Media CenterDisability Matters: Celebrating Everyday Gains

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By Leia Isanhart and Annemarie Hill

"In February, Timothy couldn't even sit up. Now he is our greatest joy. He wants to stand all the time," recounts Anne Muchiri, a social worker assisting Special Olympics Kenya.

Since 1992, the United Nations General Assembly has observed the International Day of Persons with Disabilities on December 3. On this day, individuals and organizations across the globe celebrate the everyday gains - and challenges - of individuals with disabilities. Catholic Relief Services is proud to be one of the few international development organizations that have recognized and prioritized the challenges of individuals with disabilities within core programming and this year, has many more gains to celebrate. 

Timothy Netia, age 4, is held by a CRS staffer. He participates in a CRS program for children with intellectual disabilities. Photo by Philip Laubner/CRS

Cognizant of the isolation and resulting poverty that individuals with disabilities across the world face, Catholic Relief Services has adopted a strong position of inclusion in many aspects of policy and programming. Be it inclusive education and vocational training for people with disabilities in Vietnam, educating families of children with disabilities in Cambodia, implementing innovation early childhood 

development programs for children with intellectual disabilities in Kenya, or providing technical assistance for adaptive employment in Lebanon, Catholic Relief Services is emerging as a global leader in inclusive programming.

People with disabilities – who account for 15 percent of the world’s population (over a billion people) – are a part of every society. Many face social, economic and cultural barriers limiting their access to full and effective participation in society, including economic empowerment, education, basic social protections, and employment and health services. It is these barriers, rather than the physical, mental, intellectual or sensory impairments, which disable individuals, and contribute to poverty and disempowerment. The United Nations Development Program estimates that 80 percent of all persons with disabilities reside in low-income countries and while people with disabilities represent approximately one in nine people worldwide, they are one-in-five of the world's poorest people.

Individuals with intellectual disabilities are frequently the most underserved subset of persons with disabilities and account for approximately 3 percent of all populations. Together with their families, they are marginalized by their relatives and communities, vulnerable in cases of conflict or natural disasters and often excluded from campaigns aimed at building their resilience.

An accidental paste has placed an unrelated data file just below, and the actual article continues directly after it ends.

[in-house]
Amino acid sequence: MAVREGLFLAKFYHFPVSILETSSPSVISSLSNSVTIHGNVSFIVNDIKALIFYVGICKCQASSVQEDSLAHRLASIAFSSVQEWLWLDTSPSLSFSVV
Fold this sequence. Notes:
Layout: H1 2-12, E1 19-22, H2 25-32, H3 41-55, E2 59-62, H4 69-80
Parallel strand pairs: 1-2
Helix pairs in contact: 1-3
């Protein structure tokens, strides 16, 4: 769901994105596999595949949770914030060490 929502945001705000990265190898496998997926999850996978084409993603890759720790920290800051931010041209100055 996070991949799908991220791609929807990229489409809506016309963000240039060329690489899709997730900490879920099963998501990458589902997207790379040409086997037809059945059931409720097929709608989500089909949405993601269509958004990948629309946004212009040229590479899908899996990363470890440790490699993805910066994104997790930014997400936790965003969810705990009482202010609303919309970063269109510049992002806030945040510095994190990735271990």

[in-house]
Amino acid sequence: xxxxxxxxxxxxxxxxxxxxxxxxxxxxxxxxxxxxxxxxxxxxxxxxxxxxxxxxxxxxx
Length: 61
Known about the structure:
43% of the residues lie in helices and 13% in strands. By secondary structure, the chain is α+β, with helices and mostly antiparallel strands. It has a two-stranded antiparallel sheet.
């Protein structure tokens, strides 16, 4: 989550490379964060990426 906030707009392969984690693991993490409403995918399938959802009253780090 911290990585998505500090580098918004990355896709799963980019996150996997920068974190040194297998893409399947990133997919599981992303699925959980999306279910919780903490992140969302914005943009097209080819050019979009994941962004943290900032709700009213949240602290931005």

Through a global partnership with Special Olympics, Catholic Relief Services piloted and has now begun to expand the most comprehensive early childhood care and development program for individuals with intellectual disabilities in Kenya, and possibly a global first. Deep within Kawangware, Kenya's second largest slum, four early childhood development centers from the Adventist Centre for Care and Support (ACCS) have been transformed into centers of inclusion which stand out like beacons of hope to the many parents who isolate their children with intellectual disabilities from the stigma, costs and burden of dependence that the outside world presents. At these centers, children have an opportunity to play, learn, and receive health interventions while parents and caregivers form support groups where they are counseled and capacitated to care for their child, their families and importantly, themselves. For many families, the results have been dramatic: "In February, Timothy couldn't even sit up. Now he is our greatest joy. He wants to stand all the time," recounts Anne Muchiri, a Social Worker assisting Special Olympics Kenya.

Many children like Timothy fail to receive the services they so desperately need because they lack a birth certificate. Be it through administrative gaps, or deliberate holes carved by cynical health care professionals or disappointed parents, many children with intellectual disabilities fall through these cracks and fail to register in life, through others' failure to register their birth.

Fortunately Catholic Relief Services are leading these efforts aimed at ensuring that individuals with disabilities are able to stand up and be counted - in Kenya - and many countries around the world. On December 3, we celebrate Timothy's accomplishments and commit ourselves to always offering a hand up, rather than a hand out, to individuals with disabilities around the world.

December 2, 2015